Samsung Mobilizes WiBro

While the rest of the world waits for fixed WiMax interoperability testing, the South Koreans are pushing ahead with their home-grown mobile variant of the wireless MAN technology.

Local press reports say that Samsung Corp. has now demonstrated handoff between WiBro basestations at speeds of up to 80 MPH and intends to debut the new technology at the Asia-Pacific Economic Cooperation (APEC) summit in November.

In contrast, official interoperability testing of fixed WiMax products by the WiMAX Forum in Spain is not now expected to start until October this year (see WiMax Waits on Testing).

So what is Samsung's hurry? After all, WiBro is derived from the 802.16e specification that forms the basis of mobile WiMax, and WiBro is expected to be very similar to the final mobile specification, although that hasn't yet been ratified (see The WiMax LeapFrog).

In a nutshell, Samsung wants to grab an early advantage in the mobile wireless broadband market, and particularly ensure that it has the jump on Intel Corp. (Nasdaq: INTC), which is arguably the main company driving the WiMax market.

The president of Samsung, Lee Ki-tae, told the Korea Times as much on Monday, saying he didn't want to see "Intel Inside" the next generation of communications terminals.

"We will lead the standard with WiBro," Lee says.

— Dan Jones, Site Editor, Unstrung

free_radio 12/5/2012 | 3:03:53 AM
re: Samsung Mobilizes WiBro It seems to me, Qualcomm with the Flarion Flash-OFDM is getting REAL major deployments inside and outside US markets. China + Japan NTT is doing trials using VSF-OFDM along with your news here on Samsung WiBro testing. I'd say Intel is probably on the same line with Samsung and NTT. I don't know much on the TI side? anybody care to add comments more ...
lrmobile_boondocksbandit 12/5/2012 | 3:03:53 AM
re: Samsung Mobilizes WiBro Not sure. These companies will likely be major players; but it is unlikely that the other big fish like Motorola, Ericsson, Nortel, Alcatel, Nokia and the like will not aggressively push for their slice of the market. The interesting thing to me is whether any startup (well, we can safely omit Flarion for now) can make it in this space?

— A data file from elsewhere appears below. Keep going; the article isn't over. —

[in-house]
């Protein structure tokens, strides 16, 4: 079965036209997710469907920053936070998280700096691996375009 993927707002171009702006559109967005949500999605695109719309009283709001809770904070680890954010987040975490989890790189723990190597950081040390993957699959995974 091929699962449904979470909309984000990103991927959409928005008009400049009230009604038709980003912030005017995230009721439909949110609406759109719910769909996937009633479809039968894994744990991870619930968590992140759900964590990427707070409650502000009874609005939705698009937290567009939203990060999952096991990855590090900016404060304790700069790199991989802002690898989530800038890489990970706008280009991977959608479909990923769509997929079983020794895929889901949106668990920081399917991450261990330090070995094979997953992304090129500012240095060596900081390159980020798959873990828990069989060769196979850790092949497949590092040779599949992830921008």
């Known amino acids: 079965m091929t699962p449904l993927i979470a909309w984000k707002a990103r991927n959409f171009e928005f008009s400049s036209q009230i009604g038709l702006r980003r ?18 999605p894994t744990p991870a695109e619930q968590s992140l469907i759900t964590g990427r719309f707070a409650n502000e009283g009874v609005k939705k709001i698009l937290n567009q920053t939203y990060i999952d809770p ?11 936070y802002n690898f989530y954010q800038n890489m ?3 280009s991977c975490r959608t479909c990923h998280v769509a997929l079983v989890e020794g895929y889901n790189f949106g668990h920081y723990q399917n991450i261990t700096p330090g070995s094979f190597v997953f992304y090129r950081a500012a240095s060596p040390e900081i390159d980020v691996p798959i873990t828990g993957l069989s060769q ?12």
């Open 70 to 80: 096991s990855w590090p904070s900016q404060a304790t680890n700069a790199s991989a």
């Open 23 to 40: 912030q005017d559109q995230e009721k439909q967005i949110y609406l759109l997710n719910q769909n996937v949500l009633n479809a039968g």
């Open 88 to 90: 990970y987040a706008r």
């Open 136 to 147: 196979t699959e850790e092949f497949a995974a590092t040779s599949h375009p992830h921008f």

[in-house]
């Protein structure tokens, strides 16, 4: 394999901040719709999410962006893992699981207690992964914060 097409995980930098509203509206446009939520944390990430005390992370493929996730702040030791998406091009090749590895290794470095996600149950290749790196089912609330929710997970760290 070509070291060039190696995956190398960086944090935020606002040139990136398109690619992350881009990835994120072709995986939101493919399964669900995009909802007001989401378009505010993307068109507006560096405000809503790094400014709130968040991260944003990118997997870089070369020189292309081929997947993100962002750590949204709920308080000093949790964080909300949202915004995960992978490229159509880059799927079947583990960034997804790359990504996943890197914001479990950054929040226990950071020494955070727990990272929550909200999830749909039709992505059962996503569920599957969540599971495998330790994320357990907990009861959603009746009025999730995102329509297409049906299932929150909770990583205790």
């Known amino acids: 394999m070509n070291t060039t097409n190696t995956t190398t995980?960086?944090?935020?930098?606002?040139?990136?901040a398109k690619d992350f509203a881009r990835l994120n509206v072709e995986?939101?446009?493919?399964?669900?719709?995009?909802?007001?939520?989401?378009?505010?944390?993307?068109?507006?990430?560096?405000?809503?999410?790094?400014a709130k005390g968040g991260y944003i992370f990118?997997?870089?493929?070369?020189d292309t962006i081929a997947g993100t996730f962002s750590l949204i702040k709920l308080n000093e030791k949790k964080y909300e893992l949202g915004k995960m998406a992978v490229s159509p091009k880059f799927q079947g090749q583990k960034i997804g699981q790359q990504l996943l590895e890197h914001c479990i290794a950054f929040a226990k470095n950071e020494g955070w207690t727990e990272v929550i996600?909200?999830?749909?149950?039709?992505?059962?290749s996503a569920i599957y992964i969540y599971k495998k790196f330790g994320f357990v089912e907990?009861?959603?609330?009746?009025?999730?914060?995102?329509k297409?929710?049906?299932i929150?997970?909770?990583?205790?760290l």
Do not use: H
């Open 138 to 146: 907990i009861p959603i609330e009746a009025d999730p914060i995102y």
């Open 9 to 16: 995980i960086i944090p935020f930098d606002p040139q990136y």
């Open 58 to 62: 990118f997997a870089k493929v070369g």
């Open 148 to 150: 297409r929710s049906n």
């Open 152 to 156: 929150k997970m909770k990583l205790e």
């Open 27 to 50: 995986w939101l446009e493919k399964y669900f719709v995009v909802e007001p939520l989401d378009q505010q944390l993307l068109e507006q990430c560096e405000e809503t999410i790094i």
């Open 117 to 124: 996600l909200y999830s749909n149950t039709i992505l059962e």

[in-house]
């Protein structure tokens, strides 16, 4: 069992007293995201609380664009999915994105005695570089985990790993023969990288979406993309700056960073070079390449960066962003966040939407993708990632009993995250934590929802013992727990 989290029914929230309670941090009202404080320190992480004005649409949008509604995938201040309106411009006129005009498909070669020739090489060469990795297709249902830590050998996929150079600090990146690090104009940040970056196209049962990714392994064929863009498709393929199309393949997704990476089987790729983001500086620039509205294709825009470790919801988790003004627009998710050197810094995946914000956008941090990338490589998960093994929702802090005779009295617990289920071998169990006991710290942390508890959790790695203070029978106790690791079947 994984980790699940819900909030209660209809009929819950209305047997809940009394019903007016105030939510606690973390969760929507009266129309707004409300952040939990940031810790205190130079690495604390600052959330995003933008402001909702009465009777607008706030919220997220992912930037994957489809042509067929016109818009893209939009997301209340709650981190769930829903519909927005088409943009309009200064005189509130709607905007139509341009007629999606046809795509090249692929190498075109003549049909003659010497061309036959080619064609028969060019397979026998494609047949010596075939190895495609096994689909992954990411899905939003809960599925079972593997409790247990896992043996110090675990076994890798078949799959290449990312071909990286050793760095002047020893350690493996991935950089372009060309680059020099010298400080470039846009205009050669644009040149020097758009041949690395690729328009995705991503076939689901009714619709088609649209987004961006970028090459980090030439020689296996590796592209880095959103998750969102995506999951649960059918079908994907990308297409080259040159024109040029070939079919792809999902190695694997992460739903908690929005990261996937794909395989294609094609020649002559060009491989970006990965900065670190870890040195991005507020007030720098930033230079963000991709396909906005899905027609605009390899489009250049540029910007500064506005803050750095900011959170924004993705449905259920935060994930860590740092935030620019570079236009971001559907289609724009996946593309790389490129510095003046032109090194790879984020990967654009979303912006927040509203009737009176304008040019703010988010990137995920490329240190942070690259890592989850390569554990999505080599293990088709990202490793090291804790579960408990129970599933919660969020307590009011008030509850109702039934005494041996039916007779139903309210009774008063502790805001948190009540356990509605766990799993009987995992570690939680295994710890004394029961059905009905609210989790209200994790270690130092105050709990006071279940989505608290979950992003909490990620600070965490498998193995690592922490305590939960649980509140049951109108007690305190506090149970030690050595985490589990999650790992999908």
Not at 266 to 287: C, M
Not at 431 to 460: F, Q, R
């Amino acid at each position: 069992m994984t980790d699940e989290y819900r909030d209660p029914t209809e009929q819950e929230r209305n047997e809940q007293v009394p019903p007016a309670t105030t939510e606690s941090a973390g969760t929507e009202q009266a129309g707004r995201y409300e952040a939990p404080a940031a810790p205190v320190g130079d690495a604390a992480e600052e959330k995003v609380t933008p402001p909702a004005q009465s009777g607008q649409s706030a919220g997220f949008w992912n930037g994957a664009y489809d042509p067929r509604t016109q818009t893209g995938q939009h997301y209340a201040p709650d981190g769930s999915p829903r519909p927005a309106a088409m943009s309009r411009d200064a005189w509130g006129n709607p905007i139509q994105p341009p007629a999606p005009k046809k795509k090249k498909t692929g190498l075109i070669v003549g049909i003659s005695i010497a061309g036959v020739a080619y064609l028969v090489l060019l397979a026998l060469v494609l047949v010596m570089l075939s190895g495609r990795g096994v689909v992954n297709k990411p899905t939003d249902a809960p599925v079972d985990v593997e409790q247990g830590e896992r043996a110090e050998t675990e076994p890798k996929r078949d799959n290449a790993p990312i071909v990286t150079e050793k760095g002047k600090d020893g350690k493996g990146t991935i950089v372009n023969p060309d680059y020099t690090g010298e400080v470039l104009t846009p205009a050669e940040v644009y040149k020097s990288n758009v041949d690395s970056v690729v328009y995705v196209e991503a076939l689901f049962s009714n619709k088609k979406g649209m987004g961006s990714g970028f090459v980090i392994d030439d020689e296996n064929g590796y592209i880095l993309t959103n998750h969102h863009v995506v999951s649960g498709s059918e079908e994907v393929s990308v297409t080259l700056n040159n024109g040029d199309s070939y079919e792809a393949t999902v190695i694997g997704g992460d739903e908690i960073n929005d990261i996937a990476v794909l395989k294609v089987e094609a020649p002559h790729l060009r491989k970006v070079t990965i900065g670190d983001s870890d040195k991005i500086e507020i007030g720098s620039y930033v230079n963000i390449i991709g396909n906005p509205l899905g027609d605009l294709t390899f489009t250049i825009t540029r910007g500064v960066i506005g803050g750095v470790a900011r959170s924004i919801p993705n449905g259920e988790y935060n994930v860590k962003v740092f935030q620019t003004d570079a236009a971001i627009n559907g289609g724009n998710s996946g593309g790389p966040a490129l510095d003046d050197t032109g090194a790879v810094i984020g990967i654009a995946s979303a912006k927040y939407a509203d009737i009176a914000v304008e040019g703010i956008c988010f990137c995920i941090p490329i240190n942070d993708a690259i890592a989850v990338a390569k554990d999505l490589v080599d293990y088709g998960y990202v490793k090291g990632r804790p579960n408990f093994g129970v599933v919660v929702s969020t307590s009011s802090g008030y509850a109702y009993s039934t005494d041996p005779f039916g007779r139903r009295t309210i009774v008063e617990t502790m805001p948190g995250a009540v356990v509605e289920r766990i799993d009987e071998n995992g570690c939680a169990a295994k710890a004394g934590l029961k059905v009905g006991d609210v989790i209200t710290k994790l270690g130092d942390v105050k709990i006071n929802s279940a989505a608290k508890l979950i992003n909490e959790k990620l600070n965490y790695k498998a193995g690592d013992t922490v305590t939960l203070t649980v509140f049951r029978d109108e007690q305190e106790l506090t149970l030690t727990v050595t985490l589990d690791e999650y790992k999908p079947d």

joset01 12/5/2012 | 3:03:53 AM
re: Samsung Mobilizes WiBro Anyone else getting the sense that the next generation of broadband wireless is going to be in the hands of just a few companies, namely Intel, Qualcomm and maybe Samsung if they can push WiBro hard enough?

lrmobile_boondocksbandit 12/5/2012 | 3:03:52 AM
re: Samsung Mobilizes WiBro Where has Flarion deployed within US (not a sarcastic question, I honestly dont remember hearing any, vaguely recall something about it being used for a public-safety or municipal application somewhere)?
It seems now that every camp is now converging on OFDM (and some variant thereof) for their next generation wireless; the only company that was holding out was Qualcomm and that will be no longer the case with the Flarion deal. Hard to say who will win or predict likely winners in this space. Intel might be the only somewhat safe bet to do well here, simply because of their overwhelming advantage and presence in the non-handset space (notebooks, PDAs etc)
lrmobile_justin 12/5/2012 | 3:03:51 AM
re: Samsung Mobilizes WiBro Flarion has previously announced U.S. deals at Aloha Partners and Cellular One of Amarillo, a high-profile trial at Nextel, and a public safety network project in Washington D.C.





Most recently the company scored a small commercial deployment at Citizens, a service provider based in rural southwest Virginia:


Unstrung Justin
techgnochhi 12/5/2012 | 3:03:33 AM
re: Samsung Mobilizes WiBro when you say "in the hands of", what do you mean? I think it will only be a handful of companies that in the long term will provide base technologies (i.e chipsets) that the rest of the infra vendors will build into their products. I think the current 'balkanization' of the BWA technology landscape is unsustainable and after further consolidation a la Flarion there will truly only be a few companies controlling their own and the acquired IPR. isn't that what the VCs pumping money into the plethora of tech shops ultimately want?
standardsarefun 12/5/2012 | 3:02:58 AM
re: Samsung Mobilizes WiBro why on earth would anyone call 802.16 or Flash-OFDM "4G".

Surely this is simply a re-run of the 2G fight where everyone thought that 2G = GSM + TDMA and then along came IS95. In retrospect we now include CDMA within "2G" so surely wont we eventually call WiMAX et al "3G" or maybe "3.5G"??
joset01 12/5/2012 | 3:02:54 AM
re: Samsung Mobilizes WiBro Marketing, dear boy, marketing.

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